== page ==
In Physics, oscillation is a repetitive variation, typically in time. It is measured between two or more different states or about equilibrium or about a central value. Some familiar examples of oscillations include alternating current and simple pendulum. Some parameters governing oscillation are:
- Period of oscillation
- Oscillation frequency
- Oscillation amplitude.
In general, an oscillation is a back and forth movement in a regular rhythm. In this article, let us discuss oscillation in detail.
What is Oscillation?
Oscillation is defined as,
The regular variation in position or magnitude about a central point or about a mean position.
The commonly used unit for the number of oscillations per second is the Hertz.
Oscillations in Physics
Oscillations in Physics are quantified using parameters such as – Frequency, Amplitude and period. Each term is explained as follows-
|The time taken for one complete oscillation is called Period.||T|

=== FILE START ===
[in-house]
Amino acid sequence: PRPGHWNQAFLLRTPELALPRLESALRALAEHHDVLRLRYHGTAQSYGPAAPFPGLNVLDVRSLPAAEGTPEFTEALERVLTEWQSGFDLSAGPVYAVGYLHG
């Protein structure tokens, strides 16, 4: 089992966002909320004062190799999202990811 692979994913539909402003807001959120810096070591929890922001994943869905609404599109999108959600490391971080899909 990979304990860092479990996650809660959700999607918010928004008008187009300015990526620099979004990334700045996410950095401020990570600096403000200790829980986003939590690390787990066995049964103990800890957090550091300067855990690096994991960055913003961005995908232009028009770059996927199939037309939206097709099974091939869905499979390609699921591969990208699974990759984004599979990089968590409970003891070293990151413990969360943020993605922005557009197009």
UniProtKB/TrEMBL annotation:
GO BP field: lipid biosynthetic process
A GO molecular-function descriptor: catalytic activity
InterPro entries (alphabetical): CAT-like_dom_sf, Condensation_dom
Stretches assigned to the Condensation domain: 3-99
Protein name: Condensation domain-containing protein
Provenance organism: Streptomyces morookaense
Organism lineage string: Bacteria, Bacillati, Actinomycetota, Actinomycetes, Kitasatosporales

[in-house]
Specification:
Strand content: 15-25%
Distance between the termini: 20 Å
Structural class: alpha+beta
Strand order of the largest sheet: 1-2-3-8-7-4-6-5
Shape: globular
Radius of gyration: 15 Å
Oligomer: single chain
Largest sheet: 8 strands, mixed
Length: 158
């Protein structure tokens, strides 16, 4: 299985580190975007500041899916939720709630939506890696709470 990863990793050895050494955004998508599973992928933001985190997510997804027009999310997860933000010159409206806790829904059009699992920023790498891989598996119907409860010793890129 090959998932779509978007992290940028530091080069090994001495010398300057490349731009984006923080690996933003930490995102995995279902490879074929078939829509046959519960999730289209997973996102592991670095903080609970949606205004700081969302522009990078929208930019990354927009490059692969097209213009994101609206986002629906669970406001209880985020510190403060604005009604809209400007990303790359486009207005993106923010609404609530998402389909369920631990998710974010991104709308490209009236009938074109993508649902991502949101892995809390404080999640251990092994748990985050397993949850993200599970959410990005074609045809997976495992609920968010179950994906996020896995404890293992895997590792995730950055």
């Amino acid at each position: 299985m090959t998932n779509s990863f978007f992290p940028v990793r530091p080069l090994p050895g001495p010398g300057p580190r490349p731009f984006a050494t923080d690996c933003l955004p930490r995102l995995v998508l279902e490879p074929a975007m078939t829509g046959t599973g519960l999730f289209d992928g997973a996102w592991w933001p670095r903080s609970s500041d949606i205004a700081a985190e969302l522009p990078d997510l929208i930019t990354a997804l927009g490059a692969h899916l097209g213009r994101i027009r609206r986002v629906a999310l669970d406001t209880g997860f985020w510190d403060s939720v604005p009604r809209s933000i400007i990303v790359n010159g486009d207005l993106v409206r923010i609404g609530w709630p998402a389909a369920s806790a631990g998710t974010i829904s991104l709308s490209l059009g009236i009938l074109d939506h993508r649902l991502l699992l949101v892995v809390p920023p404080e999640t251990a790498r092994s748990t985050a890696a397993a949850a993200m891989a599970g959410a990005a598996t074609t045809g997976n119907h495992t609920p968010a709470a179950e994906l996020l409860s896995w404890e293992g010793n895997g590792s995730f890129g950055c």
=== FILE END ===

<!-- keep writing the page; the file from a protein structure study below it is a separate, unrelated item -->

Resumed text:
|The number of cycles/oscillations per second is called the frequency of oscillation.||f|
|Maximum displacement from the mean position is called the amplitude of oscillation.||A|
How is Oscillation Calculated?
The formula for parameters governing oscillations in Physics are listed below-
- Period of oscillation: Time period of simple pendulum can be mathematically expressed as
T is the Time Period of oscillation
L is the length
g is the acceleration due to gravity
- Oscillation frequency: Mathematically expressed as –
T is the time period of oscillation.
A Few Examples of Oscillation
Did you know that the vibration of a guitar string is an example of oscillation? The motions of a playground swing, tuning forks are also examples of oscillatory motion. Since these are mechanical in nature, they are also called vibrations. The motion of alternating current (although electrical) is also an example of oscillatory motion.